I've been asked often what the best way is to read the Bible. I usually discourage people from starting at Genesis and reading straight through, though that method works well for some people. Usually newbies get bogged down about Exodus 30, after a few chapters of tabernacle blueprints, or in Leviticus when they can't stand reading about ritual laws and "he shall bathe and be unclean until evening" one more time. For newbies, and sometimes for old hands, I usually recommend starting with one of the gospels. John is my favorite place for people to start, because it's possible to read it at so many different levels. One thing I've done as a medium-length reading project is to read through John, then simply continue through Acts (the stories of the early Christians and how God grew the church) and then plow right on through Romans (the best summary of Christian belief and practice in the whole Bible). So that's one idea.
Some people want to take their time and read something short, but read it in depth. Mark's gospel is a good option for this. A few years ago we did a sermon series preaching through Mark and I wrote a study guide to go along with that. Those reflections and questions might be helpful to some who want a guided way to work through a book of the Bible. If you'd like a copy, let me know and we can get one to you. Email me.
Another possibility is to slow waaaay down and read and reread a short section of the Bible in order to ponder and dig deep into it. That's my winter project, as I've alluded to before, with Genesis 1-12. Those initial chapters set up so much that makes sense of the rest of the Bible, and makes sense of me & my life as well. So I'm looking forward to that digging. If you want to join me in that, I'll be posting a lot of those reflections here.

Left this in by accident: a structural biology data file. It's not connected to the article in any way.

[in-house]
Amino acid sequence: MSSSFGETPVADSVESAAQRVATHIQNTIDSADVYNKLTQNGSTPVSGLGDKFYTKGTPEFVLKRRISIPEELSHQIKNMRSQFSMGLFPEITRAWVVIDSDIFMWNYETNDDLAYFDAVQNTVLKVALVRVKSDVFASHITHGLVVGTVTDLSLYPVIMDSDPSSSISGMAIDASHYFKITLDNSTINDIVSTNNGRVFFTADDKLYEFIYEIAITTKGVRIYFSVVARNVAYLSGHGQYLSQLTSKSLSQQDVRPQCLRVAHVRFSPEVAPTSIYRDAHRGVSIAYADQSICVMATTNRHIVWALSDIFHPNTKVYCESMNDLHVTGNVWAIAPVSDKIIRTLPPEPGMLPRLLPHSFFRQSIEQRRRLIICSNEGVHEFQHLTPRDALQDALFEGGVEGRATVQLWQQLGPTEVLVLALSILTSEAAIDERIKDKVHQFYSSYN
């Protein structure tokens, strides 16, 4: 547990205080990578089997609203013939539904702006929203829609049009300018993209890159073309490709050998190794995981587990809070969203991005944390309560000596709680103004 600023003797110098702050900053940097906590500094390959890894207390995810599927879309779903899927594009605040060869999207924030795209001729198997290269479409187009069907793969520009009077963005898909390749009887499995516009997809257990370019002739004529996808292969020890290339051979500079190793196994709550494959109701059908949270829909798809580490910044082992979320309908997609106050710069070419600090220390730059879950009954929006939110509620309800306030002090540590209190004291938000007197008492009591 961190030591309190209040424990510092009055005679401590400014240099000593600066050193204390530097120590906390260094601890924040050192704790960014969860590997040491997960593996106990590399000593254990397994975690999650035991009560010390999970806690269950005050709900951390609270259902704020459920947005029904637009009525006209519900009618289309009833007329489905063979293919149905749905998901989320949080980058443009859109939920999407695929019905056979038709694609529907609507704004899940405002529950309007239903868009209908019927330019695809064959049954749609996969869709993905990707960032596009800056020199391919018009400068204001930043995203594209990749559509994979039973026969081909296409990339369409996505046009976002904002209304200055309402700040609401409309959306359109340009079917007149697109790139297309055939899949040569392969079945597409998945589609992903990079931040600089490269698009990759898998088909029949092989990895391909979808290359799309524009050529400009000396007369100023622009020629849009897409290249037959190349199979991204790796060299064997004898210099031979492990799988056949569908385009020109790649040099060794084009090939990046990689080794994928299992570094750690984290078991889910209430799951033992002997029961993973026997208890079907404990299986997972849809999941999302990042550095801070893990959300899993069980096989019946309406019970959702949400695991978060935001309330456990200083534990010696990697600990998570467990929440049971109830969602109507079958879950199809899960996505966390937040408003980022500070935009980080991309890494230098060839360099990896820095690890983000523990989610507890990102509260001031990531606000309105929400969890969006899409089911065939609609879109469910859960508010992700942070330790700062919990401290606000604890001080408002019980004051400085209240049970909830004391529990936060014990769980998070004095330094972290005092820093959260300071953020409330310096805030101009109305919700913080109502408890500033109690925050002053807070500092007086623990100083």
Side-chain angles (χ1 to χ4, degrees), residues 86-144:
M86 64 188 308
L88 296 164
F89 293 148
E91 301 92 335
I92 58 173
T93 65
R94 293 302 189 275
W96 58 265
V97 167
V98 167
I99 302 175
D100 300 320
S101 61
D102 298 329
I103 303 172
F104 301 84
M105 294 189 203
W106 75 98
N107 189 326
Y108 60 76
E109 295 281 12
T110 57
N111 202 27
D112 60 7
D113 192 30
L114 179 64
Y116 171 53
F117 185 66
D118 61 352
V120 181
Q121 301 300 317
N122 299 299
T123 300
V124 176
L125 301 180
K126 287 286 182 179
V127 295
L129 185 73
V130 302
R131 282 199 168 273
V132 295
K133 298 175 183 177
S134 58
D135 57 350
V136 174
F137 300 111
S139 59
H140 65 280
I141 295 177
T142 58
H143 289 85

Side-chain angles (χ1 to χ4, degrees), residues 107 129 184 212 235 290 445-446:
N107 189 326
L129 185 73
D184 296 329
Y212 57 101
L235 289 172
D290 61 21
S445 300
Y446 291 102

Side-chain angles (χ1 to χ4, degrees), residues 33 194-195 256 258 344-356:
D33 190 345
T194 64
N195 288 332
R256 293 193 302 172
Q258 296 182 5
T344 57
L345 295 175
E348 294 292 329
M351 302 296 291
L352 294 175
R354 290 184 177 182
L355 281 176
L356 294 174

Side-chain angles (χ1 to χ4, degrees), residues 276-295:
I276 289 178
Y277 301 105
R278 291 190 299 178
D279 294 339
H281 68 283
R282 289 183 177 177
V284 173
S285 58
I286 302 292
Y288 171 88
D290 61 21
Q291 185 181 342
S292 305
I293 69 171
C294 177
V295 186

So if you haven't decided to already, I encourage you to do your best to read the Bible every day in 2010. I heard a few years ago about a priest who, immediately after a wedding ceremony was finished and before the guests filed out of the sanctuary, would pull the newly married couple aside and pray quickly with them. Then he would say to the couple, "Now you have prayed together every day of your married life. Don't let the habit die." Bible reading is kind of like that. So if you haven't started yet, here's a Bible reading for January 1st, 2010:
From Jeremiah 29:
11 For I know the plans I have for you," declares the LORD, "plans to prosper you and not to harm you, plans to give you hope and a future. 12 Then you will call upon me and come and pray to me, and I will listen to you. 13 You will seek me and find me when you seek me with all your heart.